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Friday I'm in love! It's Dan DeFrancesco, and I'm really hoping they consider naming Jonah Ryan from "Veep" as the next Speaker of the House.  

Before we get into it, I'm trying a new segment: Fun Fact Friday. 

Today's fact: Reno is farther west than Los Angeles. 

If that wins you a point in bar trivia, you owe me a drink. 

On tap, we've got stories on a couple of hedge-fund managers who are absolutely crushing it, more bad news for real-estate brokerage Compass, and a cat with a bank account that'll make you blush

But first, banks do battle.


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The wall street bull in a hoodie and headphones, holding a laptop with stickers on it.

1. When a Goliath tries to be a David.

Banks are good at plenty of things. They can keep money safe. They can lend. They can help firms make trades. They can advise companies on deals. 

Something banks aren't good at is changing quickly. Whether it be their sheer size, the amount of regulations they need to navigate, or just a general fear of rocking the boat, banks aren't the most innovative bunch.

One group that is good at innovation is fintechs. And while this shouldn't bother banks — they make plenty of money doing what they do best — this is Wall Street. Enough is never enough, and life is a zero-sum game. 

So banks view fintechs as a general threat to their livelihood, from competing for tech talent, to stealing their market share, to, most importantly, impacting their bottom line. 

In fact, the face of Wall Street, JPMorgan CEO Jamie Dimon, literally declared war on fintechs on an earnings call in 2021.

"I expect there to be very tough, brutal competition in the next 10 years," Dimon said. "I expect to win. So help me, God."

But, as Insider's Bianca Chan and Reed Alexander recently outlined in a fantastic feature, banks' bid to topple fintechs is hopeless.

It's not because of some great success on the part of fintechs, which were brutalized for most of 2022. No, the biggest thing holding banks back from being more innovative is themselves. 

As detailed by interviews with more than a dozen industry insiders, the culture banks have established, which serves their traditional areas of business well, is not a prime environment for a forward-thinking, tech-savvy firm.

It's a lesson that's been proven time and again. Whether it's JPMorgan's digital-only bank Finn or, more recently, Goldman Sachs' Marcus, banks' attempt to cosplay as fintechs rarely ends well. 

Click here to read more about why banks are doomed to keep failing in their fight against fintechs.


In other news:

taylor swift bejeweled music video

2. Compass is conducting its third round of layoffs in eight months. The embattled real-estate brokerage, which has seen its public valuation go from $8 billion in 2021 to roughly $1 billion currently, slashed its revenue projection by 25% for 2022. We've got the full memo announcing the cuts.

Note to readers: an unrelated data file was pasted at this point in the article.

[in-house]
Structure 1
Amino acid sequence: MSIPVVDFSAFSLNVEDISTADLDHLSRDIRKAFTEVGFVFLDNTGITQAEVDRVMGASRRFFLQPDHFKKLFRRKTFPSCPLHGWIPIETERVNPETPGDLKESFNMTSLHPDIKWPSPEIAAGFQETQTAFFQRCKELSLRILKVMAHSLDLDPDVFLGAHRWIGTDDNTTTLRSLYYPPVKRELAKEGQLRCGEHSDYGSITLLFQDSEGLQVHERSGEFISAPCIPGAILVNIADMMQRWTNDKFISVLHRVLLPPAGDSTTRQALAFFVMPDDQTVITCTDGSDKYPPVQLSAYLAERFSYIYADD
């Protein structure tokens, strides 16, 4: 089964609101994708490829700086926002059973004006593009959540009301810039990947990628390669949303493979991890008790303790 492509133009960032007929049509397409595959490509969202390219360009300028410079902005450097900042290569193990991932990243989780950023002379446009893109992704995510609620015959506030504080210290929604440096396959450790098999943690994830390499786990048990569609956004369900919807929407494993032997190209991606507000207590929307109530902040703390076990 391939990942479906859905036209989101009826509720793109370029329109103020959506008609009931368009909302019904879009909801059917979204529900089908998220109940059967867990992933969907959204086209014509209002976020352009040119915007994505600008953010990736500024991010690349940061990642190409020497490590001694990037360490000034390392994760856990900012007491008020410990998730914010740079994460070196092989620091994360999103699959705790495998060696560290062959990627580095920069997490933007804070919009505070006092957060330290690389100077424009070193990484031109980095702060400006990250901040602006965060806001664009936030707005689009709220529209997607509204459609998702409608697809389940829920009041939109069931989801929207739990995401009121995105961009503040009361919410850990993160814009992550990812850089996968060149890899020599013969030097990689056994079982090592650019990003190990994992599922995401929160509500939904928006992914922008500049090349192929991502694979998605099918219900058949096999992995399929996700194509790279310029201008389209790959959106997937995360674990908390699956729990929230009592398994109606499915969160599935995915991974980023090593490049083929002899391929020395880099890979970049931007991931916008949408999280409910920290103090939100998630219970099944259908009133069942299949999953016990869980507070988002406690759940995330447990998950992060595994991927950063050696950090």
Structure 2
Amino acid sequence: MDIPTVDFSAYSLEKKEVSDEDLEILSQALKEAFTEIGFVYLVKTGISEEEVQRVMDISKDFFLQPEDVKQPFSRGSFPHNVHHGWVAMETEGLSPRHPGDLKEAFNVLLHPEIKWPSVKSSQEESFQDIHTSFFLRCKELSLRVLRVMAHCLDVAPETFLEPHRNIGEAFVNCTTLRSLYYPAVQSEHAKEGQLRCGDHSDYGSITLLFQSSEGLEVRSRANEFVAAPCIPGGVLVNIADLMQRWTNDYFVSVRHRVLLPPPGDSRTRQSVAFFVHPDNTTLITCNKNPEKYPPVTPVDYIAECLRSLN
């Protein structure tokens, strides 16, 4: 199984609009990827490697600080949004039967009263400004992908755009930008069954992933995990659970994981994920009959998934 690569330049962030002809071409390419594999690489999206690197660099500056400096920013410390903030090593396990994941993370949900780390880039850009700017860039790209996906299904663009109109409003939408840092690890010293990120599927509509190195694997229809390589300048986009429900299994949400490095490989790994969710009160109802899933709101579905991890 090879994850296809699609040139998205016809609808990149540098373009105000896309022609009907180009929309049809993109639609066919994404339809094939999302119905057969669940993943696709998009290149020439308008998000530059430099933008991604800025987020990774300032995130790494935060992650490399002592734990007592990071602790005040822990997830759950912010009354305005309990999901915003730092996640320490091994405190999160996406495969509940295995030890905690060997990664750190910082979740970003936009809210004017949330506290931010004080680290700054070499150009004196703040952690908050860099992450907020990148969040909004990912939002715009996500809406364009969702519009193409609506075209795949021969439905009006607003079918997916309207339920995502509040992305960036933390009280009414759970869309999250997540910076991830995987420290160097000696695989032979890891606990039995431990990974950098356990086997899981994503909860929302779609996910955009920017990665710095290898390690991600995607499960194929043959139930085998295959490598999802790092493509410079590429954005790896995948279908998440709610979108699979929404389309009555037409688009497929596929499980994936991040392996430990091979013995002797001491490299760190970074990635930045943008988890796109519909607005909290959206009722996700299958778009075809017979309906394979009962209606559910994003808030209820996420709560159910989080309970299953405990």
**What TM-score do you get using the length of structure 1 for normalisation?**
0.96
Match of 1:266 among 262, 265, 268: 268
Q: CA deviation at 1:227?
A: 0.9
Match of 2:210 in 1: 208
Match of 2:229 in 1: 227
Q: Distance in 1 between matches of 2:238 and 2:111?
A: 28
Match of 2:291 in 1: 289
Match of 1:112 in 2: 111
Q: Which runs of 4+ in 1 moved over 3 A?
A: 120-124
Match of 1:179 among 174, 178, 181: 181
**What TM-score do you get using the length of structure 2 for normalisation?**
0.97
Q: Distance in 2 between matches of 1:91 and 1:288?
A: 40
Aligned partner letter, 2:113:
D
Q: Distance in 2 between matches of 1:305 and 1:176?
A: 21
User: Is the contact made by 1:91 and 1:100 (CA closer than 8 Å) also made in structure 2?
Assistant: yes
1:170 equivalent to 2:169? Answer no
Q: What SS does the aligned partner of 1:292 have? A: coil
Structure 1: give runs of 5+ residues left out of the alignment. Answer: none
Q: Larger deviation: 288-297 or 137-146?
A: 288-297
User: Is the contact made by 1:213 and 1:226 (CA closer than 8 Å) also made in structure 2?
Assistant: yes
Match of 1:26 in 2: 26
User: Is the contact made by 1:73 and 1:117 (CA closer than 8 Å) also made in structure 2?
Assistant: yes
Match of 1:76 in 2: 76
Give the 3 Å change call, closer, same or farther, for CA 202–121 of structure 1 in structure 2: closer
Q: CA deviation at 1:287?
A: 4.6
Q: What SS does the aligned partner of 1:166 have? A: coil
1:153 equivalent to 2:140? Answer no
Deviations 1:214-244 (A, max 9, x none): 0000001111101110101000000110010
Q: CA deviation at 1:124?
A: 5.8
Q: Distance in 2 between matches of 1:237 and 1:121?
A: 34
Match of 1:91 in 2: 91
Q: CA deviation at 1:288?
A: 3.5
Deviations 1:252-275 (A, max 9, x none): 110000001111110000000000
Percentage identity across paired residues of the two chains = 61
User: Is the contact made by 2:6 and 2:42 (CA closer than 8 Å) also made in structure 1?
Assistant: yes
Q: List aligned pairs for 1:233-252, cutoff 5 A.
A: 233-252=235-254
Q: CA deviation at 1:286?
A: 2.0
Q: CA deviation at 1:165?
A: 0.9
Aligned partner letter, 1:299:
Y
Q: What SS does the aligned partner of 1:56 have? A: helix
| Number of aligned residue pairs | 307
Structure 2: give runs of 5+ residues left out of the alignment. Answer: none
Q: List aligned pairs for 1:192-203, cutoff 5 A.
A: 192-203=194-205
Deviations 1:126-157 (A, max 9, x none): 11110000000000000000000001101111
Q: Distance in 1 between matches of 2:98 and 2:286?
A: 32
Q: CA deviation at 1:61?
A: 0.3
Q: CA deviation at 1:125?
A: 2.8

3. It's Ken Griffin's world, and we're all just living in it. Citadel, the billionaire's hedge fund, had $28 billion in revenue in 2022, The Wall Street Journal reported, which was nearly double last year's record mark. Citadel Securities, meanwhile, had a record $7.5 billion in revenue. At this rate, forget all-inclusive trips to Disney World for his staff, Griffin might just buy the park. 

4. I take that back, it's Ken Griffin's AND Steve Cohen's world. The Point72 founder and New York Mets owner made more than $1.7 billion in 2022, according to Institutional Investor. And that doesn't even include his cut of fees from the hedge fund! Here's hoping he keeps pouring that money into the Mets

5. Crypto's favorite bank is having a crisis. Silvergate Bank, which was a favored bank of now-bankrupt FTX and whose deposits are almost entirely related to crypto activity, cut 40% of its staff after $8.1 billion in customer withdrawals

6. Oh no! It turns out the wealthiest people might be hit the hardest by an upcoming recession! A so-called "richcession" could be brewing that would impact the wealthiest Americans. Don't worry, I'm sure they'll figure out a way to pass those losses down to the rest of us

7. So about those startup investments... Investing in startups was all fun and games for hedge funds when the valuations just kept rising. But after a brutal 2022, investors are questioning funds on the state of their holdings. Bloomberg mapped out the valuations of more than 40 private companies that have hedge-fund investors. See for yourself, but it's brutal

8. Pronatalism for me but not for thee. Elon Musk reduced coverage of fertility-related needs and treatments by 50% for Twitter employees. The cuts come despite Musk having used fertility treatments to conceive most of his children, and the billionaire being associated with pronatalism, a movement among the tech elite to have tons of kids to save the world.  

9. JPMorgan is helping TikTok's parent company get into the payments game. The largest US bank by assets is helping ByteDance build out a payments infrastructure, Forbes reports. More on the quiet partnership

10. Taylor Swift's cat is worth more money than you'll ever earn. Olivia Benson (sidenote: what happened to "Paws" or "Fluffy?") is worth $97 MILLION. And it's not even the richest animal! Here are some more posh pets.   


Curated by Dan DeFrancesco in New York. Feedback or tips? Email ddefrancesco@insider.com, tweet @dandefrancesco, or connect on LinkedIn. Edited by Jeffrey Cane (tweet @jeffrey_cane) in New York and Hallam Bullock (tweet @hallam_bullock) in London. 

 

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